# Derivative of Secant Inverse

In this tutorial we shall explore the derivative of inverse trigonometric functions and we shall prove the derivative of secant inverse.

Let the function be of the form \[y = f\left( x \right) = {\sec ^{ – 1}}x\]

By the definition of the inverse trigonometric function, $$y = {\sec ^{ – 1}}x$$ can be written as

\[\sec y = x\]

Differentiating both sides with respect to the variable $$x$$, we have

\[\begin{gathered} \frac{d}{{dx}}\sec y = \frac{d}{{dx}}\left( x \right) \\ \Rightarrow \sec y\tan y\frac{{dy}}{{dx}} = 1 \\ \Rightarrow \frac{{dy}}{{dx}} = \frac{1}{{\sec y\tan y}}\,\,\,\,{\text{ – – – }}\left( {\text{i}} \right) \\ \end{gathered} \]

Using fundamental trigonometric rules, we can write this as $$\tan y = \sqrt {{{\sec }^2}y – 1} $$. Putting this value in the above relation (i) and simplifying, we have

\[\frac{{dy}}{{dx}} = \frac{1}{{\sec y\sqrt {{{\sec }^2}y – 1} }}\]

Now we have $$\sec y = x$$, and putting this value in the above relation

\[\begin{gathered} \frac{{dy}}{{dx}} = \frac{1}{{x\sqrt {{x^2} – 1} }},\,\,\,\,x \in \mathbb{R} – \left[ { – 1,1} \right] \\ \Rightarrow \frac{d}{{dx}}\left( {{{\sec }^{ – 1}}x} \right) = \frac{1}{{x\sqrt {{x^2} – 1} }},\,\,\,\,x \in \mathbb{R} – \left[ { – 1,1} \right] \\ \end{gathered} \]

__Example__**:** Find the derivative of \[y = f\left( x \right) = {\sec ^{ – 1}}2x\]

We have the given function as

\[y = {\sec ^{ – 1}}2x\]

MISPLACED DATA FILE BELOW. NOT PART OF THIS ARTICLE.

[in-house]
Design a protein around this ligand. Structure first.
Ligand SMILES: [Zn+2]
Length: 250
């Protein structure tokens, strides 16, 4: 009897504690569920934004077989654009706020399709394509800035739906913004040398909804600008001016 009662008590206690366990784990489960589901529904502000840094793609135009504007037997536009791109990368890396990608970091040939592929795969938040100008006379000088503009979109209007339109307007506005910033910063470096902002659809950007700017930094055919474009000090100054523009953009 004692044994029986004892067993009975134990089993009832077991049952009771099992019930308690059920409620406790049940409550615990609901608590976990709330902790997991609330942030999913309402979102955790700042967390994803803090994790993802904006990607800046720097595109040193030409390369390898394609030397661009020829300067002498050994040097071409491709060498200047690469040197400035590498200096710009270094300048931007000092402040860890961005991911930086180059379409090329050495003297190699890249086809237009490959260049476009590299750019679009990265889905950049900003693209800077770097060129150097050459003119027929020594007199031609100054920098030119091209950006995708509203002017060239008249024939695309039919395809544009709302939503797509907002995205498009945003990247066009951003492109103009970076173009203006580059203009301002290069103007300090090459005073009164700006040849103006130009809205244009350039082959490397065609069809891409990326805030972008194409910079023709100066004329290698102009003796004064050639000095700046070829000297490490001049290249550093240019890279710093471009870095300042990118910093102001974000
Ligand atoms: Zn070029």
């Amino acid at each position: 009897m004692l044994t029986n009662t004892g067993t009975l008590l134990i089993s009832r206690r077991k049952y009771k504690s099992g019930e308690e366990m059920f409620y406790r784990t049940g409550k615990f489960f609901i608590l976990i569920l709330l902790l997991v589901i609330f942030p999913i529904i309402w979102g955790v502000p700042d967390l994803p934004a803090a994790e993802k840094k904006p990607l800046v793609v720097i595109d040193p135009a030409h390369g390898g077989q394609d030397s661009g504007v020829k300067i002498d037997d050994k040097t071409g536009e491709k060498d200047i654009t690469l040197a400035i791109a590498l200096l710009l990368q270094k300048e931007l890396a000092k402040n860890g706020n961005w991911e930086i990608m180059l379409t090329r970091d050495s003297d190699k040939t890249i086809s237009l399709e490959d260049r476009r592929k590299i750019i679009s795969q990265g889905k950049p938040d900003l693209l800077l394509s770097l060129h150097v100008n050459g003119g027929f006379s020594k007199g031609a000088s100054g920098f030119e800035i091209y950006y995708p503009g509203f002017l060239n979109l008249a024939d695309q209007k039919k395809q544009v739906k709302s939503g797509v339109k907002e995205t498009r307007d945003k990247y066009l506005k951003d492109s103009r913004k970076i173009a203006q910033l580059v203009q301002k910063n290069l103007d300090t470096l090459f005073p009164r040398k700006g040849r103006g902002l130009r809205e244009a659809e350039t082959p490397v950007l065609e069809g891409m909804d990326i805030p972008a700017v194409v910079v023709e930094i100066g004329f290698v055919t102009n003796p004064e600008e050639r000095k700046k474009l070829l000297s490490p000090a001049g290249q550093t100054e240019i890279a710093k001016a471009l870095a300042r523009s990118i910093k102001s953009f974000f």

Differentiating with respect to variable $$x$$, we get

\[\frac{{dy}}{{dx}} = \frac{d}{{dx}}{\sec ^{ – 1}}2x\]

Using the cosine inverse rule, $$\frac{d}{{dx}}\left( {{{\sec }^{ – 1}}x} \right) = \frac{1}{{x\sqrt {{x^2} – 1} }}$$, we get

\[\begin{gathered} \frac{{dy}}{{dx}} = – \frac{1}{{2x\sqrt {{{\left( {2x} \right)}^2} – 1} }}\frac{d}{{dx}}\left( {2x} \right) \\ \Rightarrow \frac{{dy}}{{dx}} = \frac{1}{{2x\sqrt {4{x^2} – 1} }}2\left( 1 \right) \\ \Rightarrow \frac{{dy}}{{dx}} = \frac{1}{{x\sqrt {4{x^2} – 1} }} \\ \end{gathered} \]

Harry Dunleavy

June 20@ 8:37 amVery nicely done with enough details. Plenty of details help. I’m also a math teacher.

Dale J

January 14@ 8:56 pmSome textbooks have absolute value around the x in the denominator, but I can’t really find an explanation why! Anyone have an idea?

Marvin Littman

February 23@ 12:22 amHello Dale J,

The reason for the absolute value: In the proof above, a square root was taken, so there should really be a plus or minus in front of the (positive) square root. Also, x itself may be negative. But the slope of the graph of the inverse secant is always positive, which means the derivative of arcsec must be positive. Hence, the absolute value is included to ensure that the derivative is positive.